One major driver of the decrease in solar costs is improved efficiencies within the solar supply chain.Transforming Solar Supply Chains, a global initiative, has focused on promoting advancements in solar manufacturing to boost output and lower costs. As the scale of solar panel production has rapidly grown over the past decade, manufacturers have invested in more specialized equipment and streamlined processes. This has reduced the cost per watt of solar panels by 80% since 2009, according to the Solar Energy Industries Association.

Economies of scale have also enabled cheaper raw material costs for solar panels. Polysilicon, the main raw material for solar panels, has dropped drastically in price as production volumes have increased globally. In addition, new solar panel technologies use less polysilicon, further cutting material costs. For example, thin-film solar panels only require 1% of the polysilicon used in traditional crystalline silicon solar panels. As solar continues to expand globally, supply chain improvements and economies of scale will likely lead to even cheaper solar power.

Stronger Competition

The solar industry has seen many new entrants into the market over the past decade. Major solar panel manufacturers based in China and other parts of Asia have dramatically expanded production, flooding the market with competitively-priced panels. According to Statista, global solar panel production reached 379 gigawatts in 2022, up from 303 gigawatts just a year earlier.[1]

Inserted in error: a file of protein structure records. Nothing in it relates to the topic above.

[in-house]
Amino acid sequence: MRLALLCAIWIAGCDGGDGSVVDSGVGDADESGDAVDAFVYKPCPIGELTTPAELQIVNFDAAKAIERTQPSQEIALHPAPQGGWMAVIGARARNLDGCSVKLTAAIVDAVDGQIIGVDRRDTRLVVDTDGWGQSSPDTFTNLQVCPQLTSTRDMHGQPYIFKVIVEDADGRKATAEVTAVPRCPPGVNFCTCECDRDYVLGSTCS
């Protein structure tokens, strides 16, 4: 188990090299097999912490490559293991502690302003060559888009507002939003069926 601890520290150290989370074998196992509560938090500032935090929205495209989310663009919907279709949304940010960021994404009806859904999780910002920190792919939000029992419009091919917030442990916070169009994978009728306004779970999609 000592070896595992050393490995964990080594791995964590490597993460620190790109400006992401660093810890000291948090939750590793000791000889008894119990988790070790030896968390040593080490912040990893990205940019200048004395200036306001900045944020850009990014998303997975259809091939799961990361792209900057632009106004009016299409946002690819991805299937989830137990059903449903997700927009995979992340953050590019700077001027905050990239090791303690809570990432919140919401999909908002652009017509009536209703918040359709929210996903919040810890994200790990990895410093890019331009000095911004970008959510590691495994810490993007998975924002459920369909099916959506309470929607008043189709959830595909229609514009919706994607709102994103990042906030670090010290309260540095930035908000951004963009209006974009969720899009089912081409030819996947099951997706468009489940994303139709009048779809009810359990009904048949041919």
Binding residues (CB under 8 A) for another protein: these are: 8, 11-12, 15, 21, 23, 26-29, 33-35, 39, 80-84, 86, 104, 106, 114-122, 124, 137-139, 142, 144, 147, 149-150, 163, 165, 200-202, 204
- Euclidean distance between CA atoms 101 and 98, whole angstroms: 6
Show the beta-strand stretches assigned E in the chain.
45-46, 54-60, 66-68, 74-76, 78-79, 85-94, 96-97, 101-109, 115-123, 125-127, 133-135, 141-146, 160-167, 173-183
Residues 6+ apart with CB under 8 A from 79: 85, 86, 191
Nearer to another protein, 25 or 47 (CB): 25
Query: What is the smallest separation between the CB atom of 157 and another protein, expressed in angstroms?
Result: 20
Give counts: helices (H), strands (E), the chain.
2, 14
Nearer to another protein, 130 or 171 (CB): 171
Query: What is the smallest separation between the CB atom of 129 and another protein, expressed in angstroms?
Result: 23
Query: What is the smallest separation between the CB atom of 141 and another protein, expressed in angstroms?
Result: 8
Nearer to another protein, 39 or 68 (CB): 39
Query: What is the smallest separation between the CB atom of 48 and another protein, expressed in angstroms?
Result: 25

The United States has also seen steady growth in the number of solar panel manufacturing businesses, which encourages competition. Data from IBISWorld shows 19 enterprises in the US solar panel manufacturing industry as of 2024, a modest increase from 16 enterprises five years earlier.[2] This influx of manufacturers has intensified the level of competition.

With so many players in the global solar supply chain, there is constant downward pressure on prices as companies compete aggressively on cost. The increased competition has been a major driver in bringing down solar panel prices worldwide.

Supportive Government Policies

Government policies at the federal, state, and local levels have played a major role in accelerating solar adoption and making it more affordable. Key policies include tax credits, rebates, incentives, targets, and mandates aimed at growing renewable energy. The federal government offers a 26% tax credit for installing residential solar panels through 2034 which reduces the upfront cost significantly (Thirdway). Many states and utilities also provide additional rebates and incentives on top of the federal credit. For example, states like California, New Jersey, and Massachusetts have robust solar incentive programs that lower costs for residents (SolarSmart). Targets set by state governments for utilities to generate a percentage of their electricity from renewable sources have accelerated solar adoption. Over 30 states have renewable portfolio standards requiring utilities to meet goals of 20-50% clean energy by 2030-2050 (Energy5). These supportive policies have been critical to spurring rapid growth in solar installations.

Declining Installation Costs

In addition to decreasing equipment costs, the installation process for solar panels has also become faster and more efficient over time. According to research from the National Renewable Energy Laboratory (https://www.nrel.gov/news/program/2021/documenting-a-decade-of-cost-declines-for-pv-systems.html), the soft costs associated with solar installation, like labor and permitting, have fallen dramatically in recent years. Installers can now put solar systems in place faster, safer and cheaper than ever before.